In the past year, Ms. Gist has represented a real estate deal for a 63,000-square-foot hangar facility at Burbank Airport, just outside Los Angeles; an 18,000-square-foot hangar facility at Paine Field; and a development of 27 hangars at John Wayne Airport in Orange County, Calif. She would not disclose cost but estimated that values had increased as much as 30 to 50 percent since the beginning of the pandemic.
Indeed, aircraft owners are finding that hangar rents have climbed so much that the cost to park at an airport farther from the city center and then chartering a helicopter in can be cheaper than leasing hangar space at their airport of choice.
Roger Woolsey has a bird’s-eye view of the hangar-space crunch. He is chief executive of Million Air, which franchises 37 fixed-base operators across Canada, Colombia and the United States. About one-third of its franchises are actively seeking additional hangar space, which Mr. Woolsey credits to the run on private jet inventory since 2020.
“Prepandemic, roughly 12 percent of the used aircraft inventory in the world was for sale,” Mr. Woolsey said. “Today, it’s less than 4 percent.”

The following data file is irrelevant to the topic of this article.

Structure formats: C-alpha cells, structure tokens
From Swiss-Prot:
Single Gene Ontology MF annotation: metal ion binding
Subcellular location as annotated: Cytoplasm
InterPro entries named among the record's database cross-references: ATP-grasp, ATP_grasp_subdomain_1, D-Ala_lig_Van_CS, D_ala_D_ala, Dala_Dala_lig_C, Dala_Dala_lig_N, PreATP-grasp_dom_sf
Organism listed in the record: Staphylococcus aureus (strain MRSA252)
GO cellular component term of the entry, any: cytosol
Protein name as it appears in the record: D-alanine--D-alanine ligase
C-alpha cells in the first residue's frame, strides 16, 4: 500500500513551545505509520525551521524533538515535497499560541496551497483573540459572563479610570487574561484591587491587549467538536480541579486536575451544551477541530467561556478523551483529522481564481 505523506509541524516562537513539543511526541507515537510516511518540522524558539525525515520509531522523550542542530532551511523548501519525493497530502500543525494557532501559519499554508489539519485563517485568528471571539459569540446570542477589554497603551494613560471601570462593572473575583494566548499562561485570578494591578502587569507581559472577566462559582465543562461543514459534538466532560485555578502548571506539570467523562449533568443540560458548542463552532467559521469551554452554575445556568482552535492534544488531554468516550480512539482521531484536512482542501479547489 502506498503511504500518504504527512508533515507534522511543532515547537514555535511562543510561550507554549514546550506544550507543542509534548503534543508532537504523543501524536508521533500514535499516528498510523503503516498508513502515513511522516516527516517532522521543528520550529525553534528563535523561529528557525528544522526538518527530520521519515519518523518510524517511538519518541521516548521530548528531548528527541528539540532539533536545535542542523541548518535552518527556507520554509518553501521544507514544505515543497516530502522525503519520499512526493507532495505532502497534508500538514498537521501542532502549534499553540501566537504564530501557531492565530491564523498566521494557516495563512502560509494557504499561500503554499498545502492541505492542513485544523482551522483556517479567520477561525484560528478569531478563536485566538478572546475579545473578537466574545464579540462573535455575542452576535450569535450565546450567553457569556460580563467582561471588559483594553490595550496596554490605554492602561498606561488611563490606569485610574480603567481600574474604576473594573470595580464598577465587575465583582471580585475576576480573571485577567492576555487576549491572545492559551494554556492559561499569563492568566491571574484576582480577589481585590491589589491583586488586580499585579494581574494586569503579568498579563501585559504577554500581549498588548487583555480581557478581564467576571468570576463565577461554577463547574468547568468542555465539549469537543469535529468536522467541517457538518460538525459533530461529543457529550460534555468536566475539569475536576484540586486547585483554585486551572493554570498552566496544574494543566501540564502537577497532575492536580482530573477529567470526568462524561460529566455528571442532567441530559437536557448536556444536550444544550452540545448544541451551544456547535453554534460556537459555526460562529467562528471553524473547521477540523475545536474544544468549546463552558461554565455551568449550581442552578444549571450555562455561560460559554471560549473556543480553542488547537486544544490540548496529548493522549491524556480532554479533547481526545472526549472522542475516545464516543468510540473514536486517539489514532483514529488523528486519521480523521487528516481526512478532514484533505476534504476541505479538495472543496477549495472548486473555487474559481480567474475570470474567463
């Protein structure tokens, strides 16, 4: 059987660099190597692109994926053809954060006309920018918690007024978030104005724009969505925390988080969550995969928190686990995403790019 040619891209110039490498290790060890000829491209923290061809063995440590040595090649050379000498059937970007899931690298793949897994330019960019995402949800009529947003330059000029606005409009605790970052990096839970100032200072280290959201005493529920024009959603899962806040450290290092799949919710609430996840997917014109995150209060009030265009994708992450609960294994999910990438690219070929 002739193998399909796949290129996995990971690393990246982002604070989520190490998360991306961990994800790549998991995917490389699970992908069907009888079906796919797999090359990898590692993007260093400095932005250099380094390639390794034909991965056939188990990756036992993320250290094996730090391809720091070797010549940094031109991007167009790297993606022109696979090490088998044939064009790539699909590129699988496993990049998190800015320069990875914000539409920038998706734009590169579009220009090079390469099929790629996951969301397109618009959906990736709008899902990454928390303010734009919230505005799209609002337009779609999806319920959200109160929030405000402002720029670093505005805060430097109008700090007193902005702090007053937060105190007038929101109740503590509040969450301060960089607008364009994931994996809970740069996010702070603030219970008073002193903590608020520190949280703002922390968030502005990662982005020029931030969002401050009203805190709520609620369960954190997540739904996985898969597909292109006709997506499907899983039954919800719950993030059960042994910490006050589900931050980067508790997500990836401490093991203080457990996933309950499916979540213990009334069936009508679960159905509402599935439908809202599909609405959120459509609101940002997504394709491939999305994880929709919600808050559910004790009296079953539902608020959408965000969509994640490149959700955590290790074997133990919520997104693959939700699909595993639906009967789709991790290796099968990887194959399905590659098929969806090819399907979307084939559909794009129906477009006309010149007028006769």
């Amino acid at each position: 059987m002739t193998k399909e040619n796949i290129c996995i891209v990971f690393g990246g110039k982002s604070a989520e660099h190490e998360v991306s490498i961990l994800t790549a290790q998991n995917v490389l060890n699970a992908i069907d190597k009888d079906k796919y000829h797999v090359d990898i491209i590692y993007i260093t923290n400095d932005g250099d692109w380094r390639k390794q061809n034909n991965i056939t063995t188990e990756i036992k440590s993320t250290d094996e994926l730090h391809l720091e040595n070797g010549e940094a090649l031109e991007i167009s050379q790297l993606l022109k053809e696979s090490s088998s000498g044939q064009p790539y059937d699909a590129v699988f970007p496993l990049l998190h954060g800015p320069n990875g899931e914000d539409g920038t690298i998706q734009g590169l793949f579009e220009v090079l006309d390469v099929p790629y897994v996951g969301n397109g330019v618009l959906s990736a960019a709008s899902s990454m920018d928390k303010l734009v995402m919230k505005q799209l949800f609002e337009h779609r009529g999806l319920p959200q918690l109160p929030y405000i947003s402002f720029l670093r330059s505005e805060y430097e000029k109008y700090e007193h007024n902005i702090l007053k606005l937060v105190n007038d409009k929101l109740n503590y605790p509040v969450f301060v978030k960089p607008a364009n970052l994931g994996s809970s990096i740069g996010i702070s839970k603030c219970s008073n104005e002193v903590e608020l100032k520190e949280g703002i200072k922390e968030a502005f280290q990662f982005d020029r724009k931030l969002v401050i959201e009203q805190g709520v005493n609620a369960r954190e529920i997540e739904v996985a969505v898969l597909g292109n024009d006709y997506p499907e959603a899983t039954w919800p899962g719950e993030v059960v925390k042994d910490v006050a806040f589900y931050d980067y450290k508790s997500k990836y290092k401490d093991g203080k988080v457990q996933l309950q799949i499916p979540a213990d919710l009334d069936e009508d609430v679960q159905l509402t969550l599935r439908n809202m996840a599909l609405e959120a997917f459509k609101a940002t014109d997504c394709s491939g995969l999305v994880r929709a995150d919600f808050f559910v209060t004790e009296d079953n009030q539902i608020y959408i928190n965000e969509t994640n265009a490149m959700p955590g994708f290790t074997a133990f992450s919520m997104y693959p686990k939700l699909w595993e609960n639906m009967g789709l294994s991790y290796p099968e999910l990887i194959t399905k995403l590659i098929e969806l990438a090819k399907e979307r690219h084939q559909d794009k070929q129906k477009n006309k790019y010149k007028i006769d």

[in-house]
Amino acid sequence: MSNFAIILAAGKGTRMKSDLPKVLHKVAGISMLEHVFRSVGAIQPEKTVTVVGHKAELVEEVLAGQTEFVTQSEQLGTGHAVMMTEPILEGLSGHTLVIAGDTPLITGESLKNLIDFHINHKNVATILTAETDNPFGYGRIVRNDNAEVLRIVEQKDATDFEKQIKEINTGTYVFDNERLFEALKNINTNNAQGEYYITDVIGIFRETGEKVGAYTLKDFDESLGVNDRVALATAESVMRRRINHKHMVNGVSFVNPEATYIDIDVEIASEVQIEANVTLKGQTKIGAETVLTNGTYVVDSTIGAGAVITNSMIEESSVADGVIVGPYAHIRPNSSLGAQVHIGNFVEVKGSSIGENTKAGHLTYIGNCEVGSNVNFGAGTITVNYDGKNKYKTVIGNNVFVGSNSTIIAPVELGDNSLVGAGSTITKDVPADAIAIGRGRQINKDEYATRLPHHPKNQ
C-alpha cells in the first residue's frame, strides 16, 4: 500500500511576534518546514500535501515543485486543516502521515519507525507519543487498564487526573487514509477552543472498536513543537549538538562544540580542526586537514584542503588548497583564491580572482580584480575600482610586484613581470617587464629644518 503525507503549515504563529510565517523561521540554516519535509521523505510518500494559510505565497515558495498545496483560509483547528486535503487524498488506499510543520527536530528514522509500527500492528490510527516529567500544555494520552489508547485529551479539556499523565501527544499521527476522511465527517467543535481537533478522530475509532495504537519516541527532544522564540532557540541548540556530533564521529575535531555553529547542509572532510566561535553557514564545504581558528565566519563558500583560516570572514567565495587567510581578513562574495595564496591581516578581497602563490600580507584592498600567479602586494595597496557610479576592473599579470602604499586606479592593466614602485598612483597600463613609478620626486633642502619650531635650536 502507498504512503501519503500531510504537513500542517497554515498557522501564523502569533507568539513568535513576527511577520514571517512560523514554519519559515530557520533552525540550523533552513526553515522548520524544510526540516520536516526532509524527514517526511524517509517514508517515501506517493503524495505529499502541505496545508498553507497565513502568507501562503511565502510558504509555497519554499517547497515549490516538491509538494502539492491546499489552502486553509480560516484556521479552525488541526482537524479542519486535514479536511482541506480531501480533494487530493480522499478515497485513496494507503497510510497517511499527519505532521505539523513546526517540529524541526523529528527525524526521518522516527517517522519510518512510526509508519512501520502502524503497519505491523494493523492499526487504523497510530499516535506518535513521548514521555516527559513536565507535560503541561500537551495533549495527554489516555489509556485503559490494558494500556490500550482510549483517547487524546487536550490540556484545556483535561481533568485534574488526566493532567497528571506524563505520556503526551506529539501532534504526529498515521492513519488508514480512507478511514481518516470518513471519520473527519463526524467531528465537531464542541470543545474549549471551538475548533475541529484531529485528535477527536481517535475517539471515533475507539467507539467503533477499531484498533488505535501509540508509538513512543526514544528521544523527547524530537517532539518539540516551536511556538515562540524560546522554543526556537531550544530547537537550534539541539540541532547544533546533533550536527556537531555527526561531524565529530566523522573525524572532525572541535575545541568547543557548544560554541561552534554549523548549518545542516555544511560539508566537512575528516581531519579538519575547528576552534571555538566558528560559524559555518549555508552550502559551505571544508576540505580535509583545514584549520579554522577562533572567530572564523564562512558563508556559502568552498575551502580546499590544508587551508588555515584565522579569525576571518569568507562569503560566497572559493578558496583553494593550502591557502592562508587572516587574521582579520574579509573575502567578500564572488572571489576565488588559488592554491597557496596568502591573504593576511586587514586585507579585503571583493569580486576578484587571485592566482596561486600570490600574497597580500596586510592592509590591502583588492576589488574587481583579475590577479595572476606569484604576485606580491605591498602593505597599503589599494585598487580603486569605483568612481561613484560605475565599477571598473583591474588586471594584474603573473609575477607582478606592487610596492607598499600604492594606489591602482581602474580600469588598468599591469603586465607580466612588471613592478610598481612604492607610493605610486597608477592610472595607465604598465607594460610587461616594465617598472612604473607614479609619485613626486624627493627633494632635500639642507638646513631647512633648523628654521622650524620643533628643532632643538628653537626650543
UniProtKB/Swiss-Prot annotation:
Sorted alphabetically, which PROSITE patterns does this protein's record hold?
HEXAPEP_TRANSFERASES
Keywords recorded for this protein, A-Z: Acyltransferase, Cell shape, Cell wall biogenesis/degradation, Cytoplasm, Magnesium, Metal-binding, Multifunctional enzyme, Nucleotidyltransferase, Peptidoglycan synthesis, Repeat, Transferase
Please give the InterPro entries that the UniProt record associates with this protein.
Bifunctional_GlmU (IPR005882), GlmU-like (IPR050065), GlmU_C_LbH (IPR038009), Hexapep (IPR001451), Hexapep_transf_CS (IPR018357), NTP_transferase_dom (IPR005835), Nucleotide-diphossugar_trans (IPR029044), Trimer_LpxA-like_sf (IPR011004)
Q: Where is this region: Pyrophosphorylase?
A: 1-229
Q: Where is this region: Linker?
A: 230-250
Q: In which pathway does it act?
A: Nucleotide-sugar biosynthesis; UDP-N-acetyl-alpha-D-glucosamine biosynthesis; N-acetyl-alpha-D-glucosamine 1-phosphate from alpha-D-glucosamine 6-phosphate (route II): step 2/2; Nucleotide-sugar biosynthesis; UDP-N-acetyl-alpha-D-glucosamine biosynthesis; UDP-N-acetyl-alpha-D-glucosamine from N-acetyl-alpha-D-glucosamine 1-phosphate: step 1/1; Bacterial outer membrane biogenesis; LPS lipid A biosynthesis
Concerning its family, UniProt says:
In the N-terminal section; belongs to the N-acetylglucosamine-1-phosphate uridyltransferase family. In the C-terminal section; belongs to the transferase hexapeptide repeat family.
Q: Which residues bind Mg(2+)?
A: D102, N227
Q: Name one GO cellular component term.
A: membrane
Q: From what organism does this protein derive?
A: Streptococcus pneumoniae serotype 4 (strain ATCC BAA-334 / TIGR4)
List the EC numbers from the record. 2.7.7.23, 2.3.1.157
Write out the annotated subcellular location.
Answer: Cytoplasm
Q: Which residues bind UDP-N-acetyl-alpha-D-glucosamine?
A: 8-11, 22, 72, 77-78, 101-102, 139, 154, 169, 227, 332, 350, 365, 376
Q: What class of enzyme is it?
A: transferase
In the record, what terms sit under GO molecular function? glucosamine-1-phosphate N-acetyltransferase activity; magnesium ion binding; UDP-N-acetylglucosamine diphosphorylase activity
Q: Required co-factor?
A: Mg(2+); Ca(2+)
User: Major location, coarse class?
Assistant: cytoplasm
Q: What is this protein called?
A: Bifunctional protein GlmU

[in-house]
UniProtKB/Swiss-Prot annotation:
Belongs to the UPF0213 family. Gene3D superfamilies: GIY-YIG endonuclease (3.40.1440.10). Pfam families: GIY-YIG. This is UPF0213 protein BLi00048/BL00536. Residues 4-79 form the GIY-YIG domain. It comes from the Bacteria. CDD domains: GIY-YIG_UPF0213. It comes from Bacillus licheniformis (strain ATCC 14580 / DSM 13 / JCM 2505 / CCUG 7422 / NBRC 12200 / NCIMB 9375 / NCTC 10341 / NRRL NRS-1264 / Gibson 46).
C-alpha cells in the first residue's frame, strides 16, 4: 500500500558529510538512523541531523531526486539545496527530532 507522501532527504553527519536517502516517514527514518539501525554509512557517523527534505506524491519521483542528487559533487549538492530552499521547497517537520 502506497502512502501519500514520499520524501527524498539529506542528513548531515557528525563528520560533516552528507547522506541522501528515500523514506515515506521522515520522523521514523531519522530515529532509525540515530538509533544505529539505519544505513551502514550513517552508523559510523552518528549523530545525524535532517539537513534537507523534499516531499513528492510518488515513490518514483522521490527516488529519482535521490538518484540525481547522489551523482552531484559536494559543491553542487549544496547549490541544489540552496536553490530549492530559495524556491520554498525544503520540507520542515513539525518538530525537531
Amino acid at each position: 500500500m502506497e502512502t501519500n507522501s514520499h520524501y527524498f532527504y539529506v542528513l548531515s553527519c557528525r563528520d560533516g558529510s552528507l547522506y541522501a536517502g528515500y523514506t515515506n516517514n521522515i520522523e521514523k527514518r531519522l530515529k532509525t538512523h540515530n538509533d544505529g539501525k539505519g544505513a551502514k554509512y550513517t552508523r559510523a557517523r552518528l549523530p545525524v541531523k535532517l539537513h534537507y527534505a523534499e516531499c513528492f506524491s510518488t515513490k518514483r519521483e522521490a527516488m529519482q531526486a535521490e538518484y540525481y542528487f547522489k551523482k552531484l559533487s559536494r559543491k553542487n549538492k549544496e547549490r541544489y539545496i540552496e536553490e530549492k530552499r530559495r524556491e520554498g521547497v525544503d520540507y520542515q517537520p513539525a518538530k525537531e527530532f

Kimberly Herrell, owner and chief executive of the jet charter operator Schubach Aviation, has a 30,000-square-foot hangar in Carlsbad, Calif., and was able to secure a secondary hangar space at Carlsbad Jet Center last year. As demand has grown for her services, she has not struggled to find places to park her client’s planes, but she has had issues securing new aircraft.
“Every jet for sale in the U.S. has been purchased,” she said. “It’s just nuts. We’re now sourcing planes from all over the world and trying to bring them in.”
The jump in growth for private air travel has happened so quickly, Ms. Herrell said, that there simply hasn’t been time for the industry to expand in tandem.